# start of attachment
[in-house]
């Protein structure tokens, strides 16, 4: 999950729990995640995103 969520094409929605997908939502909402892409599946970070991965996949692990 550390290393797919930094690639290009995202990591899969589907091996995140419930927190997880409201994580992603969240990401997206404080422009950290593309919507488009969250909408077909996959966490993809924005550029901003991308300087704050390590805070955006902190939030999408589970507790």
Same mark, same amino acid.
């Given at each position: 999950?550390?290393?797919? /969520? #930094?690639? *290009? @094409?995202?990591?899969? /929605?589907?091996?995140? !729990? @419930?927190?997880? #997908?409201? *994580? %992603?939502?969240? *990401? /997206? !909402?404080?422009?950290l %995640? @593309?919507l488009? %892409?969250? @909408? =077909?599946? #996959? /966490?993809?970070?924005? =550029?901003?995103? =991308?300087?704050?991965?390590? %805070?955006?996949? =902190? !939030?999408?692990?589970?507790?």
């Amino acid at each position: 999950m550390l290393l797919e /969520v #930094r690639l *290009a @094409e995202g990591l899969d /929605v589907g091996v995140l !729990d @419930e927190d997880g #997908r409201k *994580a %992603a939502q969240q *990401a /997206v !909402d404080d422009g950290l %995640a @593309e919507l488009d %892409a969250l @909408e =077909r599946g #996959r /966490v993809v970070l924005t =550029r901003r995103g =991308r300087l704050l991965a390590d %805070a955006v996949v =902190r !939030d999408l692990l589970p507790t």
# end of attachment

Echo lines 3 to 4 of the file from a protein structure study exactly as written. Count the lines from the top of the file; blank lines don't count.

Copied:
Same mark, same amino acid.
């Given at each position: 999950?550390?290393?797919? /969520? #930094?690639? *290009? @094409?995202?990591?899969? /929605?589907?091996?995140? !729990? @419930?927190?997880? #997908?409201? *994580? %992603?939502?969240? *990401? /997206? !909402?404080?422009?950290l %995640? @593309?919507l488009? %892409?969250? @909408? =077909?599946? #996959? /966490?993809?970070?924005? =550029?901003?995103? =991308?300087?704050?991965?390590? %805070?955006?996949? =902190? !939030?999408?692990?589970?507790?």